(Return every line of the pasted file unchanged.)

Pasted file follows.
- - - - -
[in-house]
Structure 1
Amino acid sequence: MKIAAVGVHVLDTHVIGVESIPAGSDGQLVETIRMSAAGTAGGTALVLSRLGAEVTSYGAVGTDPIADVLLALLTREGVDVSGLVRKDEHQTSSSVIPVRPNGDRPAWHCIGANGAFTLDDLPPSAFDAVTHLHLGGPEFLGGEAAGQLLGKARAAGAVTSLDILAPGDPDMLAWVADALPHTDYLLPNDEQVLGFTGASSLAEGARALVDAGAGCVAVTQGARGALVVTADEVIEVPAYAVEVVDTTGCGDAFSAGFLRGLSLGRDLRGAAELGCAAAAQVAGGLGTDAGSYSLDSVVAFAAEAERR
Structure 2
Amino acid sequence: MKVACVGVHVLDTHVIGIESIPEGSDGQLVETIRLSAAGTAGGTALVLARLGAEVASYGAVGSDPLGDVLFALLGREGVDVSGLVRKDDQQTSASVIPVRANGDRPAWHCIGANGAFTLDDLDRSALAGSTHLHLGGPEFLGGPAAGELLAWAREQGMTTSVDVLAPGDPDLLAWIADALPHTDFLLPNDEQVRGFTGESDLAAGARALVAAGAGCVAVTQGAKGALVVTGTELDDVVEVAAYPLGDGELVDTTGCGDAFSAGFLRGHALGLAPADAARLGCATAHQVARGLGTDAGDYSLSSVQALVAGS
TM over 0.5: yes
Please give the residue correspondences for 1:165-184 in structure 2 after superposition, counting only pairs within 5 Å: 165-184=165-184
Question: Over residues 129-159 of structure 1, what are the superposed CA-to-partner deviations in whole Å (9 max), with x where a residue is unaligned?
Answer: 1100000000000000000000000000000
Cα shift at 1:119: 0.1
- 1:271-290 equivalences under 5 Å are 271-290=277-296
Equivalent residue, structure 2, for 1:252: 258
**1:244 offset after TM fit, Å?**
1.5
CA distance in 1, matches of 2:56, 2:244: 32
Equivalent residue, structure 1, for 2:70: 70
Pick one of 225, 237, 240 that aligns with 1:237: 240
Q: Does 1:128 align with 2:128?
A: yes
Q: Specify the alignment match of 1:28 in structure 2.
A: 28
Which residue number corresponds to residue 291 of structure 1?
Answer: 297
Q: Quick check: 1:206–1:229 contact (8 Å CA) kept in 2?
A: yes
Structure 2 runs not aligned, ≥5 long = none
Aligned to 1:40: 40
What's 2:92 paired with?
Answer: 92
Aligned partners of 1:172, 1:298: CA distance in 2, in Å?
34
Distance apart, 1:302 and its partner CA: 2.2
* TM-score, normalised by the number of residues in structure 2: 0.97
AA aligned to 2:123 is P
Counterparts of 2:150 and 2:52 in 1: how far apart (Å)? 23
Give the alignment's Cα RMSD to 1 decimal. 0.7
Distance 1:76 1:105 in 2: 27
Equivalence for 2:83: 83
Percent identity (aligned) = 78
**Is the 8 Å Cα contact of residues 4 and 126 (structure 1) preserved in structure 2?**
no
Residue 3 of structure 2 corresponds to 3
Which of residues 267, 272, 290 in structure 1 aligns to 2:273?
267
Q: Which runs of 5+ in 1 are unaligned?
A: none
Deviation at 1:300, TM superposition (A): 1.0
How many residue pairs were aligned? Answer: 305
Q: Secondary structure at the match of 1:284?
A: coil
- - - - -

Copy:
[in-house]
Structure 1
Amino acid sequence: MKIAAVGVHVLDTHVIGVESIPAGSDGQLVETIRMSAAGTAGGTALVLSRLGAEVTSYGAVGTDPIADVLLALLTREGVDVSGLVRKDEHQTSSSVIPVRPNGDRPAWHCIGANGAFTLDDLPPSAFDAVTHLHLGGPEFLGGEAAGQLLGKARAAGAVTSLDILAPGDPDMLAWVADALPHTDYLLPNDEQVLGFTGASSLAEGARALVDAGAGCVAVTQGARGALVVTADEVIEVPAYAVEVVDTTGCGDAFSAGFLRGLSLGRDLRGAAELGCAAAAQVAGGLGTDAGSYSLDSVVAFAAEAERR
Structure 2
Amino acid sequence: MKVACVGVHVLDTHVIGIESIPEGSDGQLVETIRLSAAGTAGGTALVLARLGAEVASYGAVGSDPLGDVLFALLGREGVDVSGLVRKDDQQTSASVIPVRANGDRPAWHCIGANGAFTLDDLDRSALAGSTHLHLGGPEFLGGPAAGELLAWAREQGMTTSVDVLAPGDPDLLAWIADALPHTDFLLPNDEQVRGFTGESDLAAGARALVAAGAGCVAVTQGAKGALVVTGTELDDVVEVAAYPLGDGELVDTTGCGDAFSAGFLRGHALGLAPADAARLGCATAHQVARGLGTDAGDYSLSSVQALVAGS
TM over 0.5: yes
Please give the residue correspondences for 1:165-184 in structure 2 after superposition, counting only pairs within 5 Å: 165-184=165-184
Question: Over residues 129-159 of structure 1, what are the superposed CA-to-partner deviations in whole Å (9 max), with x where a residue is unaligned?
Answer: 1100000000000000000000000000000
Cα shift at 1:119: 0.1
- 1:271-290 equivalences under 5 Å are 271-290=277-296
Equivalent residue, structure 2, for 1:252: 258
**1:244 offset after TM fit, Å?**
1.5
CA distance in 1, matches of 2:56, 2:244: 32
Equivalent residue, structure 1, for 2:70: 70
Pick one of 225, 237, 240 that aligns with 1:237: 240
Q: Does 1:128 align with 2:128?
A: yes
Q: Specify the alignment match of 1:28 in structure 2.
A: 28
Which residue number corresponds to residue 291 of structure 1?
Answer: 297
Q: Quick check: 1:206–1:229 contact (8 Å CA) kept in 2?
A: yes
Structure 2 runs not aligned, ≥5 long = none
Aligned to 1:40: 40
What's 2:92 paired with?
Answer: 92
Aligned partners of 1:172, 1:298: CA distance in 2, in Å?
34
Distance apart, 1:302 and its partner CA: 2.2
* TM-score, normalised by the number of residues in structure 2: 0.97
AA aligned to 2:123 is P
Counterparts of 2:150 and 2:52 in 1: how far apart (Å)? 23
Give the alignment's Cα RMSD to 1 decimal. 0.7
Distance 1:76 1:105 in 2: 27
Equivalence for 2:83: 83
Percent identity (aligned) = 78
**Is the 8 Å Cα contact of residues 4 and 126 (structure 1) preserved in structure 2?**
no
Residue 3 of structure 2 corresponds to 3
Which of residues 267, 272, 290 in structure 1 aligns to 2:273?
267
Q: Which runs of 5+ in 1 are unaligned?
A: none
Deviation at 1:300, TM superposition (A): 1.0
How many residue pairs were aligned? Answer: 305
Q: Secondary structure at the match of 1:284?
A: coil